Thoracic outlet syndrome

What is it?

Thoracic outlet syndrome is characterized by compression of blood vessels and nerves that run through the thoracic outlet (from the neck to the arm). There are three types: neurological form, venous form, and arterial form. Young people, mostly women, are most often affected, probably because they have predisposing anatomical features. It can be caused by a congenital anatomical defect (cervical rib), improper posture, injury, or any repetitive activity.

Which are the symptoms?

Symptoms of thoracic outlet syndrome vary depending on whether the brachial plexus or blood vessels are compressed.

·         pain in the neck, shoulder, or hand

·         weak grip

·         numbness and formication in the hand

·         weakness in the arm or neck

·         discoloration of the skin

·         swollen hand

·         weak or absent pulse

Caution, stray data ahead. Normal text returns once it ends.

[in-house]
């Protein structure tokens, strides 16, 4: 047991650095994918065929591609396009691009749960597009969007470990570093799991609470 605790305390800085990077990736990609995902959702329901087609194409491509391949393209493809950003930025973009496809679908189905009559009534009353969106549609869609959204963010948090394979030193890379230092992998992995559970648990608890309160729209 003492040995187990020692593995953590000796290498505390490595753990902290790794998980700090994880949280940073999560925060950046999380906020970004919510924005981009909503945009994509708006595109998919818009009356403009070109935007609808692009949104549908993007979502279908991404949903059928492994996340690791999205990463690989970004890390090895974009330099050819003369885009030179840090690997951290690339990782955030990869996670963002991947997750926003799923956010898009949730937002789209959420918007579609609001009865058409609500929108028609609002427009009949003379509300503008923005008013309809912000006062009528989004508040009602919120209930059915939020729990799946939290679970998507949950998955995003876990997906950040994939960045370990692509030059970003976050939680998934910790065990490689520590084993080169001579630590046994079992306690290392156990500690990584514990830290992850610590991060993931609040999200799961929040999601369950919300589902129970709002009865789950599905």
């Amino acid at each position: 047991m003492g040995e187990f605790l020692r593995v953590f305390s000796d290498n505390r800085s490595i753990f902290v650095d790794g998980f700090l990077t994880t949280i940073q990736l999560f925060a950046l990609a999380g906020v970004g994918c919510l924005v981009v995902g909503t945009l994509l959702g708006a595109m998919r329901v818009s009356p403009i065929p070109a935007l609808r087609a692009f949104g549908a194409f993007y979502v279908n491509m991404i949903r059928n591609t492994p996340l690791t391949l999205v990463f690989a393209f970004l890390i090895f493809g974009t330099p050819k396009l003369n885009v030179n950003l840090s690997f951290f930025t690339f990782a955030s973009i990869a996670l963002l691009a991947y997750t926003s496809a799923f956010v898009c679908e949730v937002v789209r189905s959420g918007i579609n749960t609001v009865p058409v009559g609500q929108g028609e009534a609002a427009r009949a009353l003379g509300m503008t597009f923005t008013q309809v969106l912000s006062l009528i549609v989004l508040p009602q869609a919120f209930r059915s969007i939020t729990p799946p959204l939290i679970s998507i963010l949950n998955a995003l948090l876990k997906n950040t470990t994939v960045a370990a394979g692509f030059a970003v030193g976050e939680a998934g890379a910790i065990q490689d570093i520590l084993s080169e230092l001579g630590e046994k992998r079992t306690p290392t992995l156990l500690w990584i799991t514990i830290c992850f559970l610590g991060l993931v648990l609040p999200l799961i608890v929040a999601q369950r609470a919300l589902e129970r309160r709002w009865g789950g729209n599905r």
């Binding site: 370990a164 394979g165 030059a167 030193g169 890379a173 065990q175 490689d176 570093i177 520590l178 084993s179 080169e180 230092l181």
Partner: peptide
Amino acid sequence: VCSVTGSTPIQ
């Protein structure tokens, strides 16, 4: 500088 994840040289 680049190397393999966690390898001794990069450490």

·         muscle atrophy

How is it diagnosed?

If the patient has the described symptoms, a more detailed examination is necessary to determine the exact cause of the problem. Diagnosing this syndrome is difficult because the symptoms vary from patient to patient.

Suggested exams

How is it treated?

Treatment depends on whether thoracic outlet syndrome is neurogenic or vascular. Generally, the first approach to treatment is conservative, i.e., physical therapy and symptom control. If conservative treatment does not give the desired results, surgical intervention is necessary to decompress the nerves and vessels.

Are you interested in receiving the treatment?

Contact us and we will take care of you.